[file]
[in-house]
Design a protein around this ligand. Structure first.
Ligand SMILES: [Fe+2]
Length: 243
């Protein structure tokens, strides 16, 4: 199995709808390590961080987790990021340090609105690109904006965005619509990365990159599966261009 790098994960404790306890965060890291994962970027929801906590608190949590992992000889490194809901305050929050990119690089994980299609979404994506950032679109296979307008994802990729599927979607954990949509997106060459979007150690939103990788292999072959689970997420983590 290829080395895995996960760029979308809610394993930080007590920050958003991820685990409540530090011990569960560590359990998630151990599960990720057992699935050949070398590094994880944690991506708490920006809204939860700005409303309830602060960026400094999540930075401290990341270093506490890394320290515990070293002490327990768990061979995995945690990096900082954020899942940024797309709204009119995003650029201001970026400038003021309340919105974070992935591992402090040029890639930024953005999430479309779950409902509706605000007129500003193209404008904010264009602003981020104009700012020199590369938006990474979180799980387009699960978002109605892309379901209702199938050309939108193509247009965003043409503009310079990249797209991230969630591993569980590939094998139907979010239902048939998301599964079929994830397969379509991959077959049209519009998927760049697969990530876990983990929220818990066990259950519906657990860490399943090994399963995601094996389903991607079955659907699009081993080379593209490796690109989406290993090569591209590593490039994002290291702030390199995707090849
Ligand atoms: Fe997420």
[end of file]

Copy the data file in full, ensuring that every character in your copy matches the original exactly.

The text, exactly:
[in-house]
Design a protein around this ligand. Structure first.
Ligand SMILES: [Fe+2]
Length: 243
């Protein structure tokens, strides 16, 4: 199995709808390590961080987790990021340090609105690109904006965005619509990365990159599966261009 790098994960404790306890965060890291994962970027929801906590608190949590992992000889490194809901305050929050990119690089994980299609979404994506950032679109296979307008994802990729599927979607954990949509997106060459979007150690939103990788292999072959689970997420983590 290829080395895995996960760029979308809610394993930080007590920050958003991820685990409540530090011990569960560590359990998630151990599960990720057992699935050949070398590094994880944690991506708490920006809204939860700005409303309830602060960026400094999540930075401290990341270093506490890394320290515990070293002490327990768990061979995995945690990096900082954020899942940024797309709204009119995003650029201001970026400038003021309340919105974070992935591992402090040029890639930024953005999430479309779950409902509706605000007129500003193209404008904010264009602003981020104009700012020199590369938006990474979180799980387009699960978002109605892309379901209702199938050309939108193509247009965003043409503009310079990249797209991230969630591993569980590939094998139907979010239902048939998301599964079929994830397969379509991959077959049209519009998927760049697969990530876990983990929220818990066990259950519906657990860490399943090994399963995601094996389903991607079955659907699009081993080379593209490796690109989406290993090569591209590593490039994002290291702030390199995707090849
Ligand atoms: Fe997420």